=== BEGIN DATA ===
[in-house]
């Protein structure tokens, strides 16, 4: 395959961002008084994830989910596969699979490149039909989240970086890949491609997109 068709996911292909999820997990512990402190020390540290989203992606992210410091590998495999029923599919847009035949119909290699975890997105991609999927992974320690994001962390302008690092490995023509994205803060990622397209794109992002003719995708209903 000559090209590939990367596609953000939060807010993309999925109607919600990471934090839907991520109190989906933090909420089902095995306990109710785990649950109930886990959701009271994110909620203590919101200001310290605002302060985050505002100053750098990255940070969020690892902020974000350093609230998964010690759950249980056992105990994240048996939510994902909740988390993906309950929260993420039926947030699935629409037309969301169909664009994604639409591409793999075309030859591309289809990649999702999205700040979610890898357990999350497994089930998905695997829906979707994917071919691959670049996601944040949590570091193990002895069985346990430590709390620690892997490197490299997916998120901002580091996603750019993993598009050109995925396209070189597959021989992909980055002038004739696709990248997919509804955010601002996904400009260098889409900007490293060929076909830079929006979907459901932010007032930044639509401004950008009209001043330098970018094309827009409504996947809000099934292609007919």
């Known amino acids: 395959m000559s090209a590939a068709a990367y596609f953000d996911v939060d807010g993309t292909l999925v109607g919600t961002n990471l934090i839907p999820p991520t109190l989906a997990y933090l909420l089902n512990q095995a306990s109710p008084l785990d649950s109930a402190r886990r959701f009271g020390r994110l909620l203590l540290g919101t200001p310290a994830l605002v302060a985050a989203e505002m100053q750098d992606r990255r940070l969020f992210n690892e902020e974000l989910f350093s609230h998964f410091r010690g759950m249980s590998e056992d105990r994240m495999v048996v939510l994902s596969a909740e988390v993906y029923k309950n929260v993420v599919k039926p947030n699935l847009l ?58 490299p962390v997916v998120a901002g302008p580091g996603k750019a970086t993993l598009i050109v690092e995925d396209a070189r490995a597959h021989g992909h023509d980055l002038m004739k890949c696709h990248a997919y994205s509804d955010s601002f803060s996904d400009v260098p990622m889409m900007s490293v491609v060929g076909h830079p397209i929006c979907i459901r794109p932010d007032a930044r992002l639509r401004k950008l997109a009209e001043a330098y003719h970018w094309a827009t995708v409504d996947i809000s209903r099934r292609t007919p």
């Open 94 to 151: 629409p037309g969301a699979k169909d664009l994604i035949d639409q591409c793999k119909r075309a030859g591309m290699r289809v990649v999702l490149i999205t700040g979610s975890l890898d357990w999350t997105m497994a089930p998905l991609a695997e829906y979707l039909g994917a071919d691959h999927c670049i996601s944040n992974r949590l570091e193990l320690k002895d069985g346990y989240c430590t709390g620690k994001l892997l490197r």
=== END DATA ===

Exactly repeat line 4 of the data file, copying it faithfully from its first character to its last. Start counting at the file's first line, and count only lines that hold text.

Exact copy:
């Open 94 to 151: 629409p037309g969301a699979k169909d664009l994604i035949d639409q591409c793999k119909r075309a030859g591309m290699r289809v990649v999702l490149i999205t700040g979610s975890l890898d357990w999350t997105m497994a089930p998905l991609a695997e829906y979707l039909g994917a071919d691959h999927c670049i996601s944040n992974r949590l570091e193990l320690k002895d069985g346990y989240c430590t709390g620690k994001l892997l490197r």